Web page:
The Cuckoo’s Calling
I have to say this first: had I not known that it was JK Rowling behind the pen name of Robert Galbraith, I may have never picked up The Cuckoo’s Calling. Which would be a terrible shame, because it is a ripping good read!
I think the jump to crime/thriller is one JK Rowling has made rather elegantly. After all, Harry Potter always had a suspenseful mystery and three protagonists solving the puzzles and rescuing the school from basilisks and ominous prophecies alike. Rowling’s style is an old fashioned murder mystery, very Agatha Christie like, but one that is brilliantly mapped across our modern media landscape – the phone hacking scandal and Facebook obsession is given a wry and biting expose. Also, since I couldn’t resist, I did keep a close eye out for Harry Potter references. I found several, and would love to hear in the comments what Harry-isms you noticed!
At 2am, Lula Landry, an uber famous supermodel falls to her death from her balcony. The police are content to leave it at a suicide verdict – a tragic, bipolar model who was a victim of turbulent life, media scrutiny and loneliness. But Lula’s brother, John Bristow, is unwilling to let it rest. People are digging in the shadows, trying to uncover the truth – that Lula didn’t jump from the balcony, but was shoved.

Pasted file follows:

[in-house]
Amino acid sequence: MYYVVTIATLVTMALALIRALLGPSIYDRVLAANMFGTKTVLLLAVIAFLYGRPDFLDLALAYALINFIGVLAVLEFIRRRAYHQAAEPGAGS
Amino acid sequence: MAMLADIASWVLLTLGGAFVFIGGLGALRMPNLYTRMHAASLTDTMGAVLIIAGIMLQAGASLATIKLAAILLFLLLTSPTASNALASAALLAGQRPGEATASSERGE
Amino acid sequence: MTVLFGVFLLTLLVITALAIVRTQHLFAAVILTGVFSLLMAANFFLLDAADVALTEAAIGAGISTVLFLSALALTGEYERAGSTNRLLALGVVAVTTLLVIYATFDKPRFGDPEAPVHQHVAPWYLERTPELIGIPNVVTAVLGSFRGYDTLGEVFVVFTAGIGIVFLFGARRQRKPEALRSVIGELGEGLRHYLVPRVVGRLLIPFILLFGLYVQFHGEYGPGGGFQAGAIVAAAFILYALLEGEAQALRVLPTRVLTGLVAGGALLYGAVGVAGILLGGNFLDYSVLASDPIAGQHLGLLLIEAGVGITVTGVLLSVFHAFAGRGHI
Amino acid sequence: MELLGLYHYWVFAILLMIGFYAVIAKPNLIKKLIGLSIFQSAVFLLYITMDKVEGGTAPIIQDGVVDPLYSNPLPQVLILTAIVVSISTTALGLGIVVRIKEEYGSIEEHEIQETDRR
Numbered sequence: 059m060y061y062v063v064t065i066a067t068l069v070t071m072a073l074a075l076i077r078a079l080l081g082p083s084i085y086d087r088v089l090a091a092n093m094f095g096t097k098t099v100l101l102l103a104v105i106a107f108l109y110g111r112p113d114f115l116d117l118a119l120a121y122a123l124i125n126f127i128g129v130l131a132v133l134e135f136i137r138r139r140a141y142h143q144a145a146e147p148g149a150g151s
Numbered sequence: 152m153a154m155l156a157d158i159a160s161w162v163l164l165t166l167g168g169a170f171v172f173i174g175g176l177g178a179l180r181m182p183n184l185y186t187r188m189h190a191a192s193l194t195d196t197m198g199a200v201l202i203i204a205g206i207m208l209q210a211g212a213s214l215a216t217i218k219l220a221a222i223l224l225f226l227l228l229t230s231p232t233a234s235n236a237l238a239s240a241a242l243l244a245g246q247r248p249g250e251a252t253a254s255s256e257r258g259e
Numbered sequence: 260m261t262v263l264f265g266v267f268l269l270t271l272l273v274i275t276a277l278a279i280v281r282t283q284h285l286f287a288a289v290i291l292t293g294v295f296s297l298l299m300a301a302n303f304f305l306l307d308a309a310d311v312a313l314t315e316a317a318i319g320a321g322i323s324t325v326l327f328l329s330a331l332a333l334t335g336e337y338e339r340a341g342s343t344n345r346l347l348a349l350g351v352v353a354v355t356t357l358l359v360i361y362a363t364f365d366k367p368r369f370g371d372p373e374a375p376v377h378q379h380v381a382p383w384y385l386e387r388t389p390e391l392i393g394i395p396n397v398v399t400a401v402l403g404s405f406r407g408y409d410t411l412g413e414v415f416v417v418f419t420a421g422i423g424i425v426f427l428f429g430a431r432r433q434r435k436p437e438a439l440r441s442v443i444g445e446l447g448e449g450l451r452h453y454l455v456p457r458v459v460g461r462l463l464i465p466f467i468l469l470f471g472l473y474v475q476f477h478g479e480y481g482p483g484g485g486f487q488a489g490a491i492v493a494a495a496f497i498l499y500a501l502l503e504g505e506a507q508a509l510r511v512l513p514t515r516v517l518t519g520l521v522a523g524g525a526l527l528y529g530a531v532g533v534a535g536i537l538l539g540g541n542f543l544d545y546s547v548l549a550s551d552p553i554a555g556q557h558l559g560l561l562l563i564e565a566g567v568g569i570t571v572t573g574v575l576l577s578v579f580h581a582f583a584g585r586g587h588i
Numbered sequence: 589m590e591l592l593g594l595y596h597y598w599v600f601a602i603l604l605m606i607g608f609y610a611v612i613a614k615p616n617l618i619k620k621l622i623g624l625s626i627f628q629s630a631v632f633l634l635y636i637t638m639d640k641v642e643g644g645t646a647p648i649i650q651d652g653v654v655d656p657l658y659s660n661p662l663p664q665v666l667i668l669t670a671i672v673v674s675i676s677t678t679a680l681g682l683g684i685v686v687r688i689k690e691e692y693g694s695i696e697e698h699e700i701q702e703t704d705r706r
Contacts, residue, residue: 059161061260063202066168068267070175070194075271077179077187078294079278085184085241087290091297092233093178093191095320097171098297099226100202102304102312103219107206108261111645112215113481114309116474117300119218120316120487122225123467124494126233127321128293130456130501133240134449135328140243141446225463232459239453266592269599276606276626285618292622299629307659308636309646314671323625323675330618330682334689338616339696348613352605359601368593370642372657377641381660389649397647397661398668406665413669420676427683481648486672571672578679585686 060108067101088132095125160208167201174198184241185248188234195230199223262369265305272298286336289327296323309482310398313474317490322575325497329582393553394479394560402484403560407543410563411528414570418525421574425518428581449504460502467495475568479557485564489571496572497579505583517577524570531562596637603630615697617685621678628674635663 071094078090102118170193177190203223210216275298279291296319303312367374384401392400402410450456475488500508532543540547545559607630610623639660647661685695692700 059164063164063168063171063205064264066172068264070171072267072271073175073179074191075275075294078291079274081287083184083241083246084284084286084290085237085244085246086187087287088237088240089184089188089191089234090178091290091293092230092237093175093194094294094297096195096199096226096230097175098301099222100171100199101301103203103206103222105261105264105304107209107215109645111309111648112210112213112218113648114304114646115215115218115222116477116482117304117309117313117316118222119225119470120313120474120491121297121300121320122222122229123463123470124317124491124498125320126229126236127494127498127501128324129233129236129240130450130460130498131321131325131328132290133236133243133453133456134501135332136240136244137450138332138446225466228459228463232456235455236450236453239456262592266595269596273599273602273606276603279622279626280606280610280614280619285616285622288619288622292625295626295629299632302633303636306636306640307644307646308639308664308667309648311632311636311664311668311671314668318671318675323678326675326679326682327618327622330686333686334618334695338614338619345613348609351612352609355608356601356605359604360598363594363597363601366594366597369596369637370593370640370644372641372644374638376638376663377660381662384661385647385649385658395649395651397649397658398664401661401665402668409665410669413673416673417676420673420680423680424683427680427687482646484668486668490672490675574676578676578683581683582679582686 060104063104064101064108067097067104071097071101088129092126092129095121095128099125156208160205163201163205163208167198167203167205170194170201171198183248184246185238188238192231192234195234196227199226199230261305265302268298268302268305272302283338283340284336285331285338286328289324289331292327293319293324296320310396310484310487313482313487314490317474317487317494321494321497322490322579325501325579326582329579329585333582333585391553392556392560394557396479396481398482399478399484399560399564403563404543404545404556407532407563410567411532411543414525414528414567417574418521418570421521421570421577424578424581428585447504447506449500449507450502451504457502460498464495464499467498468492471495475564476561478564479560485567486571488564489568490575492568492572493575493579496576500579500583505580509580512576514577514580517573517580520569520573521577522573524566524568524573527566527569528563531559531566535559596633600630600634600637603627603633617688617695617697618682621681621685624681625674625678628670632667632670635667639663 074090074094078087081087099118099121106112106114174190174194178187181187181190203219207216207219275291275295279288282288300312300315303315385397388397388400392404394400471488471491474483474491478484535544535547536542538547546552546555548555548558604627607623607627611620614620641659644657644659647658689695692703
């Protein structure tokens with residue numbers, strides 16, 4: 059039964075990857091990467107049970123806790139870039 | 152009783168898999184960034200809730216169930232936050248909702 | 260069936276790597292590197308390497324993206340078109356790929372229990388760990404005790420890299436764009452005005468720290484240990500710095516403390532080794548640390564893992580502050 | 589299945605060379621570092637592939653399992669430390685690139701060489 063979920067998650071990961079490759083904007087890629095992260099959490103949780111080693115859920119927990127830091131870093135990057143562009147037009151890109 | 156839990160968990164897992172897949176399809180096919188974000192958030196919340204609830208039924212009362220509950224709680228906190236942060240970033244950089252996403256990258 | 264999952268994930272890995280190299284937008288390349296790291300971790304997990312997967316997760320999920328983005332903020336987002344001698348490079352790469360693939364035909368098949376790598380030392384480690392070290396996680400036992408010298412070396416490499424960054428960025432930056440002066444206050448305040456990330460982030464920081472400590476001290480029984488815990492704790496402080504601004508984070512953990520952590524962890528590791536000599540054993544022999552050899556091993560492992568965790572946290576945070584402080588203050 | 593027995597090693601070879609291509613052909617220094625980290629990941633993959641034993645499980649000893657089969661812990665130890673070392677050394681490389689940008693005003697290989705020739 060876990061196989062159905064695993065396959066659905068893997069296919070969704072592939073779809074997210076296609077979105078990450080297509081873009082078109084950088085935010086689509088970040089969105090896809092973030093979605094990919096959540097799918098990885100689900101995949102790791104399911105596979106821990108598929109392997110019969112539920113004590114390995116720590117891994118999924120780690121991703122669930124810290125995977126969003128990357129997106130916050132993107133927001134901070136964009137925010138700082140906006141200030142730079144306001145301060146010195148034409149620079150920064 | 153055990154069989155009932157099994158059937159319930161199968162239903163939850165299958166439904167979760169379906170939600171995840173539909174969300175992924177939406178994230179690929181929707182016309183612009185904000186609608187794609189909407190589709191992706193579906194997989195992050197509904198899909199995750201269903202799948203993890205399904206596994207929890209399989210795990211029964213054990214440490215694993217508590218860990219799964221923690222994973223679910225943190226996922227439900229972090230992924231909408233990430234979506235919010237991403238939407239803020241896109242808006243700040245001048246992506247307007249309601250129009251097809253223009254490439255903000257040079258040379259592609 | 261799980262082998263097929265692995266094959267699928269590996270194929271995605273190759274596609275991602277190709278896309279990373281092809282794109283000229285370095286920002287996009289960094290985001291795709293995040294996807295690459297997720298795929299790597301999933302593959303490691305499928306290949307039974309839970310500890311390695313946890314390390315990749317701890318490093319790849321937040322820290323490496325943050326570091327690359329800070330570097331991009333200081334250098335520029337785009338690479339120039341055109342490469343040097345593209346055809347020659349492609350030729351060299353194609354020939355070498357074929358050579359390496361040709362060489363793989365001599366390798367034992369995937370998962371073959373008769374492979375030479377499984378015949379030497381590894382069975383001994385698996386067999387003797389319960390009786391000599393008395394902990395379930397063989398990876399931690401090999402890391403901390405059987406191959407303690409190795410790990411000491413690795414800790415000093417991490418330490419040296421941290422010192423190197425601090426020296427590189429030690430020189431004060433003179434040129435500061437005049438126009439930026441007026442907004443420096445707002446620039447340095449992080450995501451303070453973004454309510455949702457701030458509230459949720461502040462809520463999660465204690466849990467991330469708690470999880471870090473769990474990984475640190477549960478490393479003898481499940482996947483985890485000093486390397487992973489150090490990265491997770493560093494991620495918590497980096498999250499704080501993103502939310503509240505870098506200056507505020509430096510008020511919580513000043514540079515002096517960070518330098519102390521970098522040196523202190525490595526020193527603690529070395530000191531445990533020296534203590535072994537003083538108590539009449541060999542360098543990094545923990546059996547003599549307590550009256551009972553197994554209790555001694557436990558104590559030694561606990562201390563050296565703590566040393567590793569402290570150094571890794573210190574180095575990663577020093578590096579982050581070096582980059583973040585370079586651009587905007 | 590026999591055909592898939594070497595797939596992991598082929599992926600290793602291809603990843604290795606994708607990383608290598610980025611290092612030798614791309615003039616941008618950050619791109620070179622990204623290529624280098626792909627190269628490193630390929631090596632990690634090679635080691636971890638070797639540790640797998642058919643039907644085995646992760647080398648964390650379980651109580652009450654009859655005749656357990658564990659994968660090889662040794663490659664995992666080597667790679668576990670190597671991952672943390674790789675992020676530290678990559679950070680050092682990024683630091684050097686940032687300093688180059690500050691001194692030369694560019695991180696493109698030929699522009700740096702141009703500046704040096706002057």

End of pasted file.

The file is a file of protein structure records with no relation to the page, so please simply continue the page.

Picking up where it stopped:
Enter Cormoran Strike, an ex-army officer turned private detective and to me, a very Mad Eye Moody type of guy. Disillusioned with life after losing his leg in the Afghan War, he takes on the case to pay his rising debts and uncovers a web of lies, false accusations and blackmail that spin out of control. Who is guilty, who is innocent or did everyone in the social circle have a hand to play in Lula’s tragic death?
“How easy it was to capitalize on a person’s own bent for self-destruction; how simple to nudge them into non-being, then to stand back and shrug and agree that it had been the inevitable result of a chaotic, catastrophic life.”
There’s a great plot, it’s a well-paced mystery that reveals clues and throws out red herrings at the right moments. The characters are good, from Hermione-esque office temp Robin, disillusioned Strike, to the enigmatic cipher that is Lula Landry herself, everyone is duplicitous and interesting, shady, deceitful and really readable.
The ending of the book does show justice being dealt and wraps up all the smaller mysteries within the mystery (what will happen to the money, who is really sleeping with who, that sort of thing) but leaves the ultimate ending hanging – will Strike and Robin become a mystery solving duo? I certainly hope so; The Cuckoo’s Calling is a great and very enjoyable crime/thriller read and it would be awesome if this could become JK Rowling’s next big series.